Now once you've done all those various steps, by this point you should have a really good understanding with how the whole website looks, and how each page is going to be presented. Then once you've done that, you can most likely jump right in and start working on the development and implementation of the website. So it's at this point that you'd most likely make the transition from working in any old graphic editing program, PhotoShop, Illustrator, Freehand, Fireworks, and so forth, whichever you're comfortable with, and making the leap into Flash. You can then start working on laying out the navigation.
Now the reason why I put that toward the top of the development and implementation phase, the navigation is how the viewer is going to go to each section of your website, so it's a really important key part of the website as a whole. Once you figure out the navigation, and how that's going to be presented and ordered, it's going to give you as a designer and developer, a much better idea of how much space you have left to work with to present that information. So figuring out the navigation is a key part as you start developing and designing the actual website itself.
Once you've decided on the navigation, then you can start designing and implementing the main content, as well as the content that comes underneath that, sometimes called the tertiary content, or tier 2, tier 3 content. So you get the navigation figured out, then you can start working on, in Flash, designing and laying out, and actually implementing and programming all of the interactivity, laying out all the content, and so forth for your website. Once you get that all laid out, then you can actually start linking all the various pieces together by making the navigation interactive.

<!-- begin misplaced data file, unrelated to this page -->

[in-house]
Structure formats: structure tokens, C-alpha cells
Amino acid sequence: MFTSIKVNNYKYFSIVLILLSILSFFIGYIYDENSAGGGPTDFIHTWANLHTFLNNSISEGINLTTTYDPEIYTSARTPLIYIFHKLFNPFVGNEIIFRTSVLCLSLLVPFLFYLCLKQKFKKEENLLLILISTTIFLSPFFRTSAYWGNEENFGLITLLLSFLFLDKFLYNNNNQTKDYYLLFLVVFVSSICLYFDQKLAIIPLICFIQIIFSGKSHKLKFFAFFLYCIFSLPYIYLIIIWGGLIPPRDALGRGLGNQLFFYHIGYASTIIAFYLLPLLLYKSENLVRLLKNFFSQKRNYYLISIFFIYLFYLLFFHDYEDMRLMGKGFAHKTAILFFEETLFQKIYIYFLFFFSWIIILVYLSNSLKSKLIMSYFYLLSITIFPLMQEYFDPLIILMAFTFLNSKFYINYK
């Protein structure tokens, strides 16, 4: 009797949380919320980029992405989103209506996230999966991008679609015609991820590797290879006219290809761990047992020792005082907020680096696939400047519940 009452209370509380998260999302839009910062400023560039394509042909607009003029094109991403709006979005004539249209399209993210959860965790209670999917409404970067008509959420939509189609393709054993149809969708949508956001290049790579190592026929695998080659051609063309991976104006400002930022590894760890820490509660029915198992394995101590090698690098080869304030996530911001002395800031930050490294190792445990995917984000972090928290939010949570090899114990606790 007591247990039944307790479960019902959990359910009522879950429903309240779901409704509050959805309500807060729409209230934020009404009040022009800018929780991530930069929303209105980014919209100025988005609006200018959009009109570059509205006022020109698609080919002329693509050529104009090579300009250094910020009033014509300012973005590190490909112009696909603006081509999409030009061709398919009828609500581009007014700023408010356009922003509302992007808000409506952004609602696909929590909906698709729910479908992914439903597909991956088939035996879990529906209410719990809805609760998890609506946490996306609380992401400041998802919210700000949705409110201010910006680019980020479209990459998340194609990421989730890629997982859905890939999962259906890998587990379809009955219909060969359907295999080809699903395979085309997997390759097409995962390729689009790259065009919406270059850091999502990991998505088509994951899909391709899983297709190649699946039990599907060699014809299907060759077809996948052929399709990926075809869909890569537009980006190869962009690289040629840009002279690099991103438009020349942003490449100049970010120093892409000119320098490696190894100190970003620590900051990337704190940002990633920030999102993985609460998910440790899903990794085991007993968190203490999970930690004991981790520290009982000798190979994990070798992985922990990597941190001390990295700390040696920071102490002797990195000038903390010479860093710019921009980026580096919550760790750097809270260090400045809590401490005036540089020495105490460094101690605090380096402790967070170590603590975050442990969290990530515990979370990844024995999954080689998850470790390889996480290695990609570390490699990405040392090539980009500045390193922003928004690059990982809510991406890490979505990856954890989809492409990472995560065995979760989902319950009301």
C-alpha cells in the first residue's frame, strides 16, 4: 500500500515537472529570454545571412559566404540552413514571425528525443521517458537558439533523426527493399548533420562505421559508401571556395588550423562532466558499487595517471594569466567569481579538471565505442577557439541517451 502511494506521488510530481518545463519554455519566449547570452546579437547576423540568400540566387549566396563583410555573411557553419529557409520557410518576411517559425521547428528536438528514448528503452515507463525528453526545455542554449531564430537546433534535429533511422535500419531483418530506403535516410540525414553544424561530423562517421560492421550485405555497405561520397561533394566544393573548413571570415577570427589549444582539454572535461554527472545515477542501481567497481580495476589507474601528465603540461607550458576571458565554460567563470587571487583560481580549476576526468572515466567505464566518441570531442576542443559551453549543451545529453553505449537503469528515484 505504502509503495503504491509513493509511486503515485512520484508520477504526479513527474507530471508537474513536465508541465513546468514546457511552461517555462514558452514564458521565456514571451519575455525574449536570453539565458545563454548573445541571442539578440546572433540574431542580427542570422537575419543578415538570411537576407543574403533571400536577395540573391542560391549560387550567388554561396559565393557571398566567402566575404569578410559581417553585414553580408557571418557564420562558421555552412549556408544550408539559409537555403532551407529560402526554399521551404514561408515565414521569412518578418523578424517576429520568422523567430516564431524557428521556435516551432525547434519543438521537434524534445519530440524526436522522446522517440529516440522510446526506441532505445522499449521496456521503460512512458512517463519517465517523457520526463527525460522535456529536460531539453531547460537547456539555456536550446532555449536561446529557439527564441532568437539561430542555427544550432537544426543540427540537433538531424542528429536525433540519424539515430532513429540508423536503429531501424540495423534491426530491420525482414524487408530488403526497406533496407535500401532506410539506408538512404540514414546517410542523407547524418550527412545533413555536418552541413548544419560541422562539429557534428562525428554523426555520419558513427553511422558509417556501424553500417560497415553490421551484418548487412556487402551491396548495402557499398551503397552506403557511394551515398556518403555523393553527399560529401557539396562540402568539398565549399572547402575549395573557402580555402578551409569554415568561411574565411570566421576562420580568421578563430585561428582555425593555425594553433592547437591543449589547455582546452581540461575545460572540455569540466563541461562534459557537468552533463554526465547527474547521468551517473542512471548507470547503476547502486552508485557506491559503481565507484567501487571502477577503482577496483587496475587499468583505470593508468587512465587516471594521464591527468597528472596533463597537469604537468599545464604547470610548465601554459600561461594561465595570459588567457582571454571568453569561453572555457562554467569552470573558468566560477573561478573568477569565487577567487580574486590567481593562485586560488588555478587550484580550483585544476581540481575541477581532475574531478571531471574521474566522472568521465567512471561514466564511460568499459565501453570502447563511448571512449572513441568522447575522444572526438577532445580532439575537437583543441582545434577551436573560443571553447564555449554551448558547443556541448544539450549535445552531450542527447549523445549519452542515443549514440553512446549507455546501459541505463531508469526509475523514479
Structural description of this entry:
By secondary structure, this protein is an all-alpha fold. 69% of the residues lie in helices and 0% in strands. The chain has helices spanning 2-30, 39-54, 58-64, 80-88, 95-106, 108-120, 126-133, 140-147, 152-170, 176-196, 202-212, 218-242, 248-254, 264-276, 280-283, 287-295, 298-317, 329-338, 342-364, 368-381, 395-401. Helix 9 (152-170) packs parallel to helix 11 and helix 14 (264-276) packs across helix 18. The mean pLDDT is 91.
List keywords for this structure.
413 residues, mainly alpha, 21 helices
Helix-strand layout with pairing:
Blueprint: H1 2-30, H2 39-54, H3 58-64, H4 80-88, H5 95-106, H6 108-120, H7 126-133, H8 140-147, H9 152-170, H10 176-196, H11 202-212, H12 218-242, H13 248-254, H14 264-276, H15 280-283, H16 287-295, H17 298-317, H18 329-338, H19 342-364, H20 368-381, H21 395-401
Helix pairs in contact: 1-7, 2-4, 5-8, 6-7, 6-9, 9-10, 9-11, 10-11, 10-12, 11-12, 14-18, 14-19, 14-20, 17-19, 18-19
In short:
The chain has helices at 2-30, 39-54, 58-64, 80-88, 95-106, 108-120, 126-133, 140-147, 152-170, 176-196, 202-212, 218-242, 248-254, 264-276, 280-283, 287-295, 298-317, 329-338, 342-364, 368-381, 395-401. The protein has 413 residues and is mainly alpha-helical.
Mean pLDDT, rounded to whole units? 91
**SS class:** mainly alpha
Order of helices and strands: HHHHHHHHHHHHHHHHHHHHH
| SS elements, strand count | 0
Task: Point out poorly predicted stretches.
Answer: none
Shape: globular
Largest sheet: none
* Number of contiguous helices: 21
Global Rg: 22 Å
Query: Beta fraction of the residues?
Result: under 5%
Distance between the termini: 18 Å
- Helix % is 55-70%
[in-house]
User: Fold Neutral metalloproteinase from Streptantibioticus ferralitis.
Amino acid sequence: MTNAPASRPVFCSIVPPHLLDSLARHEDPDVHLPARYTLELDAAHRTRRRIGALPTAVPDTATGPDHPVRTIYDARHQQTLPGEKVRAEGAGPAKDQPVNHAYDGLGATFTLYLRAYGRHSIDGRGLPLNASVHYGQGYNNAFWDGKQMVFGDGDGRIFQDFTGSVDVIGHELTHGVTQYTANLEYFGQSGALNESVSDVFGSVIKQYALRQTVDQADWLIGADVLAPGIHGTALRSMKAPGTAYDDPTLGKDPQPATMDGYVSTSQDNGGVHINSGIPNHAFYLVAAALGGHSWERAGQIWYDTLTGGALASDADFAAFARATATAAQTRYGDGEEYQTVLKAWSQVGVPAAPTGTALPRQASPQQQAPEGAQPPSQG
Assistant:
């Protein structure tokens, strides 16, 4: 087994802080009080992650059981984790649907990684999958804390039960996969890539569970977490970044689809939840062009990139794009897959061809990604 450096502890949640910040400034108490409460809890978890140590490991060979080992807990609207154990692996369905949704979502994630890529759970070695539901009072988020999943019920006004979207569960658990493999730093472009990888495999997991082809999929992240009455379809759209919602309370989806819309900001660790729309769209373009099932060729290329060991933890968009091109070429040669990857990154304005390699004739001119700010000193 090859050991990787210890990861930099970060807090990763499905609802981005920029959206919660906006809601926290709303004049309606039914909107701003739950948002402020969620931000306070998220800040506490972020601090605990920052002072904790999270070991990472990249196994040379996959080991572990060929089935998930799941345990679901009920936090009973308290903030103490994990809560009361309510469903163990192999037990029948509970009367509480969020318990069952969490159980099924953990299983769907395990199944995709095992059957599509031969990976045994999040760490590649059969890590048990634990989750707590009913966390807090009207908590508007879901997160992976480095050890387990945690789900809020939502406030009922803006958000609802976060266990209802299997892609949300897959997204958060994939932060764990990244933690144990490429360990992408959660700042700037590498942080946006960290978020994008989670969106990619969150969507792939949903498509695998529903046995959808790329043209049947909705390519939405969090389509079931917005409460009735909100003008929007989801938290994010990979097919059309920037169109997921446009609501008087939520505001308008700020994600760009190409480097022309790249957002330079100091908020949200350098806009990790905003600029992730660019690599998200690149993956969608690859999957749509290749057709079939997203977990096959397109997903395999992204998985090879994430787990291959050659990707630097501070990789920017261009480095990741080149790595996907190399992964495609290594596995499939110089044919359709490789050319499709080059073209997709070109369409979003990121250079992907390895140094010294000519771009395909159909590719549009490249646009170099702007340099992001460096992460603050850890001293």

So you can take your navigational elements that you laid out in the first part of phase 3, and actually link those so that they load in or go to your tertiary content. So the whole thing starts to get interactive. This is one of the last phases of the development and implementation phase, because this is where you start to see all the pieces come together. Up until this point you've probably worked on each individual section of the website, but the last phase is to link them all together, and this is where it all comes together into one cohesive website.
The last step, but certainly not least, is to deploy and upload your website. So you would take everything that you've been developing on your computer and up load it to your website so you can test it there. Now this may seem like a minor sort of phase, but it actually is really important, because up until this point, again, you've been testing your work off of your local computer. Now when you take that same content and upload it to your website, and you view that content as it is being downloaded off of a web server, it can change into something complexly different. Because again, as you're viewing your content locally, it's loading off of your hard drive instantly.